From science fiction novels to Saturday Night Live, 3D Bioprinting has been making a lot of buzz, but a new report by Grand View Research Inc. is officially here to say that 3D Bioprinting is more than just pop culture fodder: it’s a legitimate global market, that is set to be worth a staggering $1.82 billion within less than 10 years.
Though scientists are still working to 3D print functional human organs, 3D bioprinting already has several real-world applications in toxicity testing, drug discovery, tissue engineering, consumer product testing, bone transplants and cosmetic dentistry, and, in the case of Russia’s 3D Bioprinting Solutions, a successful 3D printed thyroid transplant in a living mouse.
Key players in the 3D bioprinting market include Organovo, Cyfuse Biomedical, BioBots, Luxexcel Group, TeVido, Aspect Biosystems, 3Dynamics Systems, Stratasys, EnvisionTEC, and many others, which are included in our comprehensive roundup of the top 3D Bioprinters. Many of these key players have partnered with major research institutes and universities to further advance and refine their grafting and organ regeneration technologies.
According to the Grand View Research report, the global 3D bioprinting market size was valued at just $487 million in 2014. However, 2015 has seen numerous universities, research institutes, and even governments amp-up their research efforts in 3D bioprinted implants, organs and tissue regeneration. The rising prevalence of chronic illnesses, such as chronic kidney disease, as well as the increasing life span of individuals and a limited number of organ donors are considered to be key factors.
The report provides several crucial findings, broken up into key insight categories.
The primary technologies used in the 3D bioprinting industry are magnetic levitation, inkjet-based, syringe-based and laser-based. Both magnetic levitation, which has applications in toxicity screening, vascular smooth muscle printing, and human cell generation; and syringe-based 3D bioprinters, which allow working in a sterile environment and allow for the fabrication of scaffolds, cell strips and tissues, held the largest share in 2014. Magnetic legivation, syringe and laser technologies are anticipated to gain an even higher level of adaptation and lucrative growth, with laser technologies expected to witness the fastest growth.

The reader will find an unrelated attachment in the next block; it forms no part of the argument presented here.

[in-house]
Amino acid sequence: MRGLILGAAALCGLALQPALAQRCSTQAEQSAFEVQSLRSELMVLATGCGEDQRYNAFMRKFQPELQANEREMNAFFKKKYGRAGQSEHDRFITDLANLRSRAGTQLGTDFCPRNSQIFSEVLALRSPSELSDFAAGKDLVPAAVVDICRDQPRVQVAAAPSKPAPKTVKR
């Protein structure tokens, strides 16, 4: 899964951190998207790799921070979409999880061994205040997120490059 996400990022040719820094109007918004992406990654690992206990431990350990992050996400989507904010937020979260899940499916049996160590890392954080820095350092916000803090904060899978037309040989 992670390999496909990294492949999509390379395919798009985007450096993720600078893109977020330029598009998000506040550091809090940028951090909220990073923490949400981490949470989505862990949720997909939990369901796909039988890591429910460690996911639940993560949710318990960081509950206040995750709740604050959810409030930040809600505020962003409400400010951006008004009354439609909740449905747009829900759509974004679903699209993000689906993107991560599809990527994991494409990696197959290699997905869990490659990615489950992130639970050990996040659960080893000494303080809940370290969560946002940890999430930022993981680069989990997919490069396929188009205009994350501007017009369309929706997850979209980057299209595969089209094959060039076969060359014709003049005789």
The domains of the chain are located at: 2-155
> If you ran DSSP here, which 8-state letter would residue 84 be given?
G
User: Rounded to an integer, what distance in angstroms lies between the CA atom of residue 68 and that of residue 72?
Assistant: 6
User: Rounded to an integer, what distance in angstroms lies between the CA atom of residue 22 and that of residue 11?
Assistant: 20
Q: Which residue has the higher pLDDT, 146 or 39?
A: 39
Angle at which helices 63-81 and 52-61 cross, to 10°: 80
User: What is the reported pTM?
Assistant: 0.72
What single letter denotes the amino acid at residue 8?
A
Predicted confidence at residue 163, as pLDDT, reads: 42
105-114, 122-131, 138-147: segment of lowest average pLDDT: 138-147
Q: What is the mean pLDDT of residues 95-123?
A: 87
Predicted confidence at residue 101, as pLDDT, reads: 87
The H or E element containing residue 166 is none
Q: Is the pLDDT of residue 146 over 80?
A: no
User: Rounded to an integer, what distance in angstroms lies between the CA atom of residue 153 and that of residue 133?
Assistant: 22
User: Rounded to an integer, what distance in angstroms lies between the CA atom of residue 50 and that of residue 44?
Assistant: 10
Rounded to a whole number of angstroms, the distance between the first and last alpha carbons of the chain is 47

The key current applications of 3D bioprinting include dental, medical, biosensors, bioinks, food and animal product bioprinting (such as the Netherlands’ advances in lab-grown 3D printed beef burgers), and consumer/personal product testing (for instance, L’Oreal has partnered with Organovo to develop 3D printed skin tissue for cosmetic testing).
Of all these sectors, medical applications of 3D bioprinting are, for obvious reasons, expected to dominate the market, with over 30% share in 2022. These applications include organ transplants, drug testing, and tissue regeneration, as mentioned above, but also the fast and cost-efficient development of 3D printed medical pills and ‘biodrugs.’ In addition, the dental application segment is expected to witness lucrative growth due to the rising demand for cosmetic dentistry and awareness about oral hygiene. These bacteria-killing 3D printed teeth would be a great place to start.
While 3D bioprinting is a global phenomenon, with research and development taking place in nearly every corner of the world, North America is unsurprisingly set to dominate the global market in terms of revenue over the forecast period, with over 35% share and an astounding CAGR of 10%. This is due to supportive government initiatives to improve healthcare infrastructure, as well as the presence of a huge geriatric and chronically ill population, and reasonably higher levels of disposable income. Meanwhile, Asia Pacific will also witness growth, particularly given economic developments in countries such as India and China.
All in all, the news is overwhelmingly positive for the 3D bioprinting industry, as well as the healthcare industry as a whole. The global population is aging, chronic diseases are on the rise, and no matter which way we look at it, there are simply not enough organ donors or ‘miracle drugs’ to compensate. 3D bioprinting is a global phenomenon, and we’re more than happy to report that it is alive and kicking.